In December 2016, a medical paging provider called Spok complained to Commission staff that robocalling campaigns were disrupting its network. Using information provided by Spok to
connect these calls to Mr. Roesel, the FCC’s Enforcement Bureau subpoenaed Mr. Roesel’s call records from October 2016 through January 2017. Based on these records, FCC investigators verified 82,106 health insurance telemarketing calls made during that time used falsified caller ID information. These calls are the basis for today’s proposed fine.

The Truth in Caller ID Act of 2009 and the Commission’s rules prohibit spoofing with the intent to cause harm, defraud, or wrongfully obtain anything of value. Consumers rely on caller ID information to make decisions about what calls to accept, ignore, or block. Accurate caller ID information is a vital tool that consumers use to protect their privacy, avoid fraud, and ensure peace of mind.

The FCC’s Enforcement Bureau also issued a citation to Best Insurance Contracts and Mr. Roesel, doing business as Wilmington Insurance Quotes, for apparent violations of the Telephone
Consumer Protection Act’s robocall limits. Under the Act, the Commission must first provide a warning––in the form of a citation––to TCPA violators if the person or entity in question does not possess a license or authorization issued by the FCC. If those violations continue, they may be subject to additional fines.

The FCC has focused on malicious caller ID spoofing recently. Changes in technology have made it easier and cheaper for scammers to make robocalls and to manipulate caller ID
information. To address this consumer problem, the FCC has focused both on enforcement actions like today’s and on pursuing policies to help consumers and their service providers block
malicious robocalls.

In recent months, the Commission has taken a number of significant enforcement actions related to spoofing and robocalling. It proposed a $120 million fine against an individual who apparently used “neighbor spoofing” while making nearly 100 million robocalls to sell timeshares. It also fined a New Mexico company $2.8 million for providing a robocalling platform which also allowed easy caller ID manipulation.
Continue reading “FCC proposes $82-Million finde for spoofed robocalls” »

Forest Service to Host Public Meetings for Arizona National Scenic Trail

Albuquerque, NM – The Forest Service, U.S. Department of Agriculture will host six public meetings in August throughout Arizona to discuss development of a comprehensive plan for the Arizona National Scenic Trail.

The comprehensive plan is being developed in partnership with the National Park Service, Bureau of Land Management, Arizona State Parks, local governments, and the Arizona Trail Association. The plan will guide management of the trail for the next 15 to 20 years.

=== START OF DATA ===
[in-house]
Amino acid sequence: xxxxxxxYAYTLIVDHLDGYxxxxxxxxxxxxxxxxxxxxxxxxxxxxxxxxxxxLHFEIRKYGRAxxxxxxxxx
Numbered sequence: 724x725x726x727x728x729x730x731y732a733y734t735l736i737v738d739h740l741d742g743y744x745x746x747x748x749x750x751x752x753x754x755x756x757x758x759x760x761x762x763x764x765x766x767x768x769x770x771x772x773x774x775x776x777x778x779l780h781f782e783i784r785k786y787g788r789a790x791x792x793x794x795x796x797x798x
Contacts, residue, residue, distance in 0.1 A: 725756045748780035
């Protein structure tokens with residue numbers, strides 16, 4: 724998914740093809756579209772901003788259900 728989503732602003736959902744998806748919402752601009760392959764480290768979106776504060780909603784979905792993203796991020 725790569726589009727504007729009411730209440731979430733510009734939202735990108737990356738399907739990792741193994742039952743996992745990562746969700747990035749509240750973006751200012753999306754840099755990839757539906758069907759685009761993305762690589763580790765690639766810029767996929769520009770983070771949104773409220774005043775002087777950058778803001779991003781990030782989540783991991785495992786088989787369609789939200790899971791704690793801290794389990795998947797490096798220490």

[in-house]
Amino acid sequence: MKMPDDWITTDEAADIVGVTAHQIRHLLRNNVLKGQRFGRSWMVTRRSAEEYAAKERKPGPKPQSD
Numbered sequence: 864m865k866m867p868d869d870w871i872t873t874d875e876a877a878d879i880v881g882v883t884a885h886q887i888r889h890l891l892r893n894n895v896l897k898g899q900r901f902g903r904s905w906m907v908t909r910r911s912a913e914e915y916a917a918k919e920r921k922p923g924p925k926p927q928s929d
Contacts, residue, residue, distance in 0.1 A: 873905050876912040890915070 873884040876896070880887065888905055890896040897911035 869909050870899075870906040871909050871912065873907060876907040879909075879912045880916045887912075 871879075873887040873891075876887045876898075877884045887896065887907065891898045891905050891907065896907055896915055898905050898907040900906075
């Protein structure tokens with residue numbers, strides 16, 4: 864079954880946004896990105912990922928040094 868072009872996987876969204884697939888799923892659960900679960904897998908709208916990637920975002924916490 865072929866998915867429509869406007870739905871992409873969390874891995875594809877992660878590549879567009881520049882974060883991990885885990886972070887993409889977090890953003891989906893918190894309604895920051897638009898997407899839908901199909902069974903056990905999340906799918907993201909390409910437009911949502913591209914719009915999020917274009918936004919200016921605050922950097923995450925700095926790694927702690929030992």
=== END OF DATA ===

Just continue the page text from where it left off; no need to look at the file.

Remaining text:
The Arizona National Scenic Trail stretches over 800 miles from Mexico to the Utah border. Thousands of hikers, runners, mountain bicyclists, and horseback riders enjoy the trail each year. It stretches through seven Arizona counties, four National Forests, one state park, four National Park Service sites including Grand Canyon National Park, and two Bureau of Land Management units. The Arizona National Scenic Trail was added to the National Trails System by Congress in 2009. It is one of only 11 National Scenic Trails nationwide.

“This trail has been a community project from day one,” said Laura White, Forest Service Trail Administrator. “We hope supporters of the trail will take this opportunity to help us craft a long-term vision for its management and protection.”

All public meetings are open house format and run from 5:30 to 7:30 p.m. A short presentation on the plan will begin at 6 p.m. Meeting dates and locations are:

  • Tuesday, August 8, 2017
    Julia Randall Elementary School Gymnasium 600 S Green Valley Pkwy., Payson, Arizona
  • Wednesday, August 9, 2017
    Kanab City Library Multipurpose room, 374 N Main St., Kanab, Utah
  • Thursday, August 10, 2017
    Flagstaff Aquaplex Community Meeting Room A, 1702 N. Fourth St., Flagstaff, Arizona
  • Tuesday, August 15, 2017
    Patrick K. Hardesty Midtown Multi-Service Center, 1100 S Alvernon Way, Tucson, Arizona
  • Wednesday, August 16, 2017
    Superior Chamber of Commerce, 165 Main St., Superior, Arizona
  • Thursday, August 17, 2017
    Pyle Adult Education Center – Multipurpose Room B, 655 E Southern Ave., Tempe, Arizona

Topics covered at each meeting include trail management, connectivity with local communities, access for recreation, and long-term protection. Attendees will be able to review the preliminary Forest Service proposed action and provide feedback.

The meetings are scheduled during a 60-day comment period that begin August 1.

Information on the Arizona National Scenic Trail Comprehensive Plan can be found at: https://www.fs.usda.gov/main/azt/land-resources-management/

The National Trails System is celebrating its 50th anniversary in 2018. More information can be found at: https://www.trails50.org/

For more information on the Arizona National Scenic Trail, please contact Laura White at (520)-388-8328 or laurawhite@fs.fed.us.